memory experiment being done at the hospital. Mr. Sawyer has a lot of fun
with the possibilities of linked minds, like blackmail and blooming love.
Thereís also the problem of the person who has access to the Presidentís
mind, and what happens when one person is linked to another who is killed.
The ending, however, makes a left turn that I found dissatisfying.
Harrington has a lot fewer adventures as an admiral, than she had as a
captain of a starship. Not only that, but the Star Empire of Manticore
has, because of their twenty year war with Haven, developed war technology
far in advance of the Solarium Empire that rules most of Human space. As
a result, the problem her fleet has when a massive Solarium fleet attacks
is how to get them to surrender. Fans of the series will recognize that
A Rising Thunder (hard from Baen) is merely an immediate book and mostly
filled with conferences and other meetings. Fans of the series know well
enough to wait for a further book. Others should look up David Weberís
exiting earlier tales of this Horatio Hornblower of the far future.
Douglas concludes his tale of a Star Carrier trying to protect Earth by
attacking the enemy. By the third book, the America has gotten a fleet
of starships in support and their last raid got them the name of several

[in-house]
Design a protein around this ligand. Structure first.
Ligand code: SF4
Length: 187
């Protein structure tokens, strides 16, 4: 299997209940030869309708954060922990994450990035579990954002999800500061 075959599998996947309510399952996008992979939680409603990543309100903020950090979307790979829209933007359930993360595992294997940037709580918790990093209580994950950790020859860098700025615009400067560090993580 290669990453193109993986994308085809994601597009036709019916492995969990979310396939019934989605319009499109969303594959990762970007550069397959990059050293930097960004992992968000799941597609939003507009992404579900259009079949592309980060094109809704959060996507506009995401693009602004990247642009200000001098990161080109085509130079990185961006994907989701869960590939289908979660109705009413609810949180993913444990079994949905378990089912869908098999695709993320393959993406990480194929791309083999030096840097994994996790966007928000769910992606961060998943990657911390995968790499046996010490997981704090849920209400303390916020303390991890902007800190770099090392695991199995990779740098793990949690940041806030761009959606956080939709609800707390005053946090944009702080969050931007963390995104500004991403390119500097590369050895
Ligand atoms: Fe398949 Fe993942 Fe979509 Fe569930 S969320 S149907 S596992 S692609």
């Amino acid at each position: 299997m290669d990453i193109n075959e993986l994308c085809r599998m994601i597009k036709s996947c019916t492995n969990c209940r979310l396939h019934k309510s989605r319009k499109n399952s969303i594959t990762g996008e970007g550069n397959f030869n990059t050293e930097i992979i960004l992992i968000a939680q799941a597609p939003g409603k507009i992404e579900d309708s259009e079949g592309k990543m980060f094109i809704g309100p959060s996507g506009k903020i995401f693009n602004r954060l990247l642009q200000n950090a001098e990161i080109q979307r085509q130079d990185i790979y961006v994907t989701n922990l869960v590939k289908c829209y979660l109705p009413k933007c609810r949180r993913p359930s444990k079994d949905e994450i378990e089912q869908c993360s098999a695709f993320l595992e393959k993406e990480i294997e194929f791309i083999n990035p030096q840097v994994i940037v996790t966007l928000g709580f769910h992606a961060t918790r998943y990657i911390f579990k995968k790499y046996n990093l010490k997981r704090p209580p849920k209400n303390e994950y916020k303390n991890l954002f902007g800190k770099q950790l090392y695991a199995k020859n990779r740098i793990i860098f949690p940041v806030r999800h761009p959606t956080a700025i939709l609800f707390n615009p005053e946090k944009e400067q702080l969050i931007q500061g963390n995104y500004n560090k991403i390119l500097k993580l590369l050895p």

stars important an enemy determined to wipe out humanity. The star they
get to has a wormhole that sends the fleet through its Singularity (
paper from Harper Voyager) to the home planets of the enemy Ė an an enemy
living in the remnants of another galaxy that collided with the Milky Way.
This allows for a happy conclusion to a series, that is far more than the
Captain of the America has any right to expect. Still this is fun actioner.
E, Feist, when he was in college, joined a group so frustrated with Dungeons
and Dragons, that they invented their own world Midkemia (which is still
available to join on line). He thought it would be fun to set fantasy tales
in the history of that world and has made a career writing historical novels
in an imaginary world. His latest trilogy is the fifth and final rift war
and involves enemies working secretly. So we have A Kingdom Besieged
(paper) when the Empire of Kesh invades, for no obvious reason and
attacks Crydee. Thereís A Crown Imperiled (hard from Harper Voyager)
because of an ill King, an evil advisor and a Princess who must be taken
to safety. There is a peace convention that evil advisors are trying to
undermine. Finally Pugís wife Miranda and his friend Nakor had been murdered
by demons in an earlier tale. But a God has put their memories in
two demons and they find their way to Pug after becoming more and more
human. Whew. Mr. Feist manages to make all this excitement more understandable
than I can, and the final book will fill in the rest of the gaps. This